Nothing, however, prepares you for the death of your pastor.
  Few churchgoers, thankfully, have to go through what the members of Emory and Nazareth United Methodist Churches have gone through this week.
  Our pastor Paul Cheezem had an automobile accident in Columbia Tuesday and died Saturday. We had to have church Sunday. Life and churches go on.
  Paul was a wonderful preacher and a good friend to us all.
  He was born in Marion, the son of a country doctor, so he knew about living in a rural area.
  He would share some of those experiences on occasion.
 He told a couple of stories a few weeks ago that I really liked.
  When he was a little boy, he would walk home from school by a place he called a “haunted house.”
  One day three older boys jumped out from behind a tree and bullied him. This continued for several days.
  I can’t remember if Paul told his father or the father figured it out, but the next day when the boys jumped out from behind the tree they didn’t knock him down, they ran away!
  This happened the next day and the next, and finally the boys gave up and left little Paul alone.
  It was later that Paul found out his father got his oldest son, a big high school football player, to follow little Paul home. When the bullies jumped out from  behind the tree, they saw big brother and wanted nothing to do with him. The father was watching out for his son.
  One day Paul noticed the backyard gate was opened at the “haunted house” and he looked in to see a beautiful English garden.
  He had to walk in to get a closer look, and the elderly sisters who lived in the house saw him and gave him a tour of the garden and invited him into the house for milk in cookies. It was around the table that they shared Bible stories with him.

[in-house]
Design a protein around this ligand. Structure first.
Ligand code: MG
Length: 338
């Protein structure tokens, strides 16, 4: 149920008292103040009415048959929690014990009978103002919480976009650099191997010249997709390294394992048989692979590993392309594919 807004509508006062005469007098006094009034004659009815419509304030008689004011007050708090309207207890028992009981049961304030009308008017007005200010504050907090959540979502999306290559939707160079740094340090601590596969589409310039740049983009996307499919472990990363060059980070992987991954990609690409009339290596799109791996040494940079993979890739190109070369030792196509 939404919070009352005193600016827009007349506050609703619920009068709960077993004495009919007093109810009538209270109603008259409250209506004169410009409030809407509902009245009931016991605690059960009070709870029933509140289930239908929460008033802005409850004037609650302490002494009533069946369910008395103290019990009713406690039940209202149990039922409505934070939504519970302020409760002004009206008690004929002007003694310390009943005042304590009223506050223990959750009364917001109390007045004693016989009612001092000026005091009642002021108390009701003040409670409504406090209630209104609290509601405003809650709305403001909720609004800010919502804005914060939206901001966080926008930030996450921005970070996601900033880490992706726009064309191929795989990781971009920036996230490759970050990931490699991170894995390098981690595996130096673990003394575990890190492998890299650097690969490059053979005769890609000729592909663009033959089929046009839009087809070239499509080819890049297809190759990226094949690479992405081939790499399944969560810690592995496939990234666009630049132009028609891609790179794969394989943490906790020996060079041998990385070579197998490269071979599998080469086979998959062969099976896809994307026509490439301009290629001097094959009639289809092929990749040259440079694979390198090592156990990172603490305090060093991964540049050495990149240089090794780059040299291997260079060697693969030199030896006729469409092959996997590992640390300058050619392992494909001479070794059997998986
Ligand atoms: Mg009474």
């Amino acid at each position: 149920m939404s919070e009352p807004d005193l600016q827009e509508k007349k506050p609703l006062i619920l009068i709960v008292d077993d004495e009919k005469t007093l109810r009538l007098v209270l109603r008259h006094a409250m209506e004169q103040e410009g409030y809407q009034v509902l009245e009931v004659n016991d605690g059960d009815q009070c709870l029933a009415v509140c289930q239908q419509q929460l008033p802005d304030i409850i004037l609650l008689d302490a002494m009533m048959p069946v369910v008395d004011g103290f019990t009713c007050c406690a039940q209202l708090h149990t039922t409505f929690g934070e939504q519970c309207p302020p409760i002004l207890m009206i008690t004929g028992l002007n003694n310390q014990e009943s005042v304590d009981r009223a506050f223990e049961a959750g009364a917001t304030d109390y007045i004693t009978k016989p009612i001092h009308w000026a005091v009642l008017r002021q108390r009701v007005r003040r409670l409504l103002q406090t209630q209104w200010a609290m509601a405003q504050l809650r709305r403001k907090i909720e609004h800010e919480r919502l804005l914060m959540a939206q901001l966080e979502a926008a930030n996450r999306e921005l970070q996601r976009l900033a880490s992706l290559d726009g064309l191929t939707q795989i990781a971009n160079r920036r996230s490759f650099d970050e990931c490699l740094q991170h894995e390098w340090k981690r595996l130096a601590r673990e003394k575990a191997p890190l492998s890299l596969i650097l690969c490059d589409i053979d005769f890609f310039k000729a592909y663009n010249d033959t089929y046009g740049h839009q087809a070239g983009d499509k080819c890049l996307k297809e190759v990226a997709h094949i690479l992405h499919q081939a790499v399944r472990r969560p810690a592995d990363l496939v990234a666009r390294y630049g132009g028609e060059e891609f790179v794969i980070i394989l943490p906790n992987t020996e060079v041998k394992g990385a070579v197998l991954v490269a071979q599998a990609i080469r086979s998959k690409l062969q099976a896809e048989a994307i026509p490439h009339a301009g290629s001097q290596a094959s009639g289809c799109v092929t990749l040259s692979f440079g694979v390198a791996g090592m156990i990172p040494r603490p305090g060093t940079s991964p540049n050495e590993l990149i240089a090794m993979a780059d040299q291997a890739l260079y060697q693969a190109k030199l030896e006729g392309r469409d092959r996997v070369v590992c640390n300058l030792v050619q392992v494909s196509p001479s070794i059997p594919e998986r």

They became an influence in his life.
  Paul influenced many in his ministry that took him around the state.
  Sunday was “moving day” in the S.C. United Methodist Church. We, at Emory and Nazareth, were happy Paul would not be moving this year, but he did move to a bigger and better place. He got to go to the biggest church at all.
  As worship leader, I was dreading church Sunday.
  Sheila Shealy and I had planned the service Thursday around the idea that we would use it to pray for Paul’s recovery. I picked an opening patriotic hymn, then selected “There’s Within my Heart a Melody” and “Victory in Jesus” as our other two hymns. I did not want any sad music.
  We normally have Communion  on first Sunday, but without a preacher that was out. Angie Rita found out we could have Communion if we got an ordained minister to bless the elements. The Rev. Burton Campbell graciously agreed to bless the bread and juice at Emmanuel Church Sunday morning.
  Again, all this was planned as a service to pray for Paul’s recovery, but Paul died Saturday afternoon and we had to go on.
  Carolyn Merchant played “Holy Ground” as the prelude Sunday morning.
  In the welcome, I said we were indeed standing in “holy ground” and we would make the service a celebration.
  We did.
  We here happy our Greenwood District Superintendent Dr. Stephen Love attended and agreed to lead the communion.
  At the end of the service, Angie got the congregation to come down to the altar, hold hands, and share memories of Paul.
  I shared that Paul was our first “high tech” pastor, and the first to read scriptures from an iPad.
  He often pointed out that I followed along with the Bible readings in church on my cell phone.
  He said preachers would often have shelves full of Bible variations. Today, all those translations can be found on one single app.
  Another member pointed out what a big Clemson fan Paul was. In tribute to him, many in the congregation wore orange. Even I wore a purple shirt and an orange and purple tie.
  Sheila ended the tributes with a prayer. By that time we all were in tears.
  But, we ended the service with “Victory in Jesus,” and the only tears associated with that song are tears of joy.
  And that’s the way Paul would have wanted it. He’s happy in Heaven and he wants us to be happy here on earth.
  I don’t know what is in store for Emory and Nazareth, but I know God ... and the South Carolina United Methodist Conference, will provide.
  Please remember Paul’s widow Doty, their family and Emory and Nazareth in your prayers.